This one is going to be left alone for seed production. The first picture is from a week ago on the 18th just to show their rate of growth.







23 September 2012: 1 month later, they are still producing very well, but the ones that are produced later tend to grow a bit shorter as the growing season is coming to a close.




Here's the big one getting old. It will be left on until the first frost so the seeds have a chance to mature all the way.

The stems are simply getting huge at the point in time. The bigger is fatter than the 1 inch diameter pipe which makes sense since it is supporting as many as 50 fruits at any given time. .




The smaller plant has nowhere near as many vines, but its main stem is still around 2/3 inches in diameter. It has also only produced around 20% as much fruit as the bigger plant, maybe because it is getting shaded out.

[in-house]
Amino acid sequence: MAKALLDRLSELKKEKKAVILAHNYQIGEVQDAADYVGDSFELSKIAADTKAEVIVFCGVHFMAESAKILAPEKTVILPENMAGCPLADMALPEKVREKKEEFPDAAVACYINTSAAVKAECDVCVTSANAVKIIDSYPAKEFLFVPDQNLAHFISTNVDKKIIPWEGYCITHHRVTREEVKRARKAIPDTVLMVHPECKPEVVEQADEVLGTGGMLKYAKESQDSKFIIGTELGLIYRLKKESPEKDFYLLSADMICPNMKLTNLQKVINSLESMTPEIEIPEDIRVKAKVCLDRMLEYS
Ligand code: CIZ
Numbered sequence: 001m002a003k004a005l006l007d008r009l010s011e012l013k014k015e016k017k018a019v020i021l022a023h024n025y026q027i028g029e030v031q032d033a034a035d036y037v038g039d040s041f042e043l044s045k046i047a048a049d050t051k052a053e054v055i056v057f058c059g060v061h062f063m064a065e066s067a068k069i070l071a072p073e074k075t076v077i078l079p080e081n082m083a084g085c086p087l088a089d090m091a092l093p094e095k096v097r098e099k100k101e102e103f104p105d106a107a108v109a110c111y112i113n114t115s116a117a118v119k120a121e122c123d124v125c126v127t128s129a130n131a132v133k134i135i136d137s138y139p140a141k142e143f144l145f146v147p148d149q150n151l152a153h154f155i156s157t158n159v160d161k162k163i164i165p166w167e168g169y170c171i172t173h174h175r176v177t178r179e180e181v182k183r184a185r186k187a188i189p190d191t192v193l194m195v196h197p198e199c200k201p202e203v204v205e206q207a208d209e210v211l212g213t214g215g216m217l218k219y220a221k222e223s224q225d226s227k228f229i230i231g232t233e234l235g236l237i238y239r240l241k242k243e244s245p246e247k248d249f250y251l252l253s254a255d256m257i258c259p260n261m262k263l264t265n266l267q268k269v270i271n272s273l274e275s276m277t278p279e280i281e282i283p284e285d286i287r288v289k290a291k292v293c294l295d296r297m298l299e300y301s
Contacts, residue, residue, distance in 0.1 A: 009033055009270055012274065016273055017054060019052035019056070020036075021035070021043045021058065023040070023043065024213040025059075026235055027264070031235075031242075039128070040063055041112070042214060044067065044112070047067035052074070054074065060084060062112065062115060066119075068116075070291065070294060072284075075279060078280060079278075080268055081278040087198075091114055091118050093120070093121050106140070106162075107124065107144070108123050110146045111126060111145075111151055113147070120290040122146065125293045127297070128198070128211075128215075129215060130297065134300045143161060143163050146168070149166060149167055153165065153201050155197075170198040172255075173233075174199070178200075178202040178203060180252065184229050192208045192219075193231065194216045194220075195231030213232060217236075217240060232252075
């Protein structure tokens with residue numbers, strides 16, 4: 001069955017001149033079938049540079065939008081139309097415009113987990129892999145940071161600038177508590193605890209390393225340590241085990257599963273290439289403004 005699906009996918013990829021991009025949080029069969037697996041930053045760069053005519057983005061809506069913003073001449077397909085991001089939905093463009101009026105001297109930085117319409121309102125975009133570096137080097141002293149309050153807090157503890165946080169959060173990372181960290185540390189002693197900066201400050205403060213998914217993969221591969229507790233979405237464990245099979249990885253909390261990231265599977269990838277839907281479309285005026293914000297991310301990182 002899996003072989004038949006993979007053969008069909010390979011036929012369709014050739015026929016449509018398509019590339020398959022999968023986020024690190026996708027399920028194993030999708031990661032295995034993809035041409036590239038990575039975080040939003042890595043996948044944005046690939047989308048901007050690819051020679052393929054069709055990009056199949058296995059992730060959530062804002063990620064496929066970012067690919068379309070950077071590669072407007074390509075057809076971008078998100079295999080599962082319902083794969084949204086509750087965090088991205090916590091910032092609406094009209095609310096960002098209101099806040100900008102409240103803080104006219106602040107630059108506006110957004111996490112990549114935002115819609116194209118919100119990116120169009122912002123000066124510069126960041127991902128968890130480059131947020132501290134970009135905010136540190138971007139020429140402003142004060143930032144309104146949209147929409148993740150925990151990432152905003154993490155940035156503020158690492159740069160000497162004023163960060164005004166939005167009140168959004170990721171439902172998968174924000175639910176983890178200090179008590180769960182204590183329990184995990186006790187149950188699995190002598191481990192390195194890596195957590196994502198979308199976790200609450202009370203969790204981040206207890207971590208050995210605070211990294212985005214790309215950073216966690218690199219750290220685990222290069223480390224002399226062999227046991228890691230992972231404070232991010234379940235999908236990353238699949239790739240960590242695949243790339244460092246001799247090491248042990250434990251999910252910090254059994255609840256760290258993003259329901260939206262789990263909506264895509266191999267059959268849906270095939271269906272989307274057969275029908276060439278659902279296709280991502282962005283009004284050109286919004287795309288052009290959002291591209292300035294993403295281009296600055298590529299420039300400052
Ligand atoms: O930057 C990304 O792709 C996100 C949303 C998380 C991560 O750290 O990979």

24 comments:

  1. They're fun plants to grow, especially when it's dried and you get the loofah.

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    1. I love how the vines can grow 1ft per day when it is warm in August, and how these fruits literally get bigger by the day. Most of these guys are for food, but there always has to be some of them left to dry out in order to get seeds for the next generation of plants.

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  2. As shown in these pictures, these 2 luffa vines nearly took over the entire 500 square feet trellis so I have doubled the size of this trellis as well as started seedlings indoors already.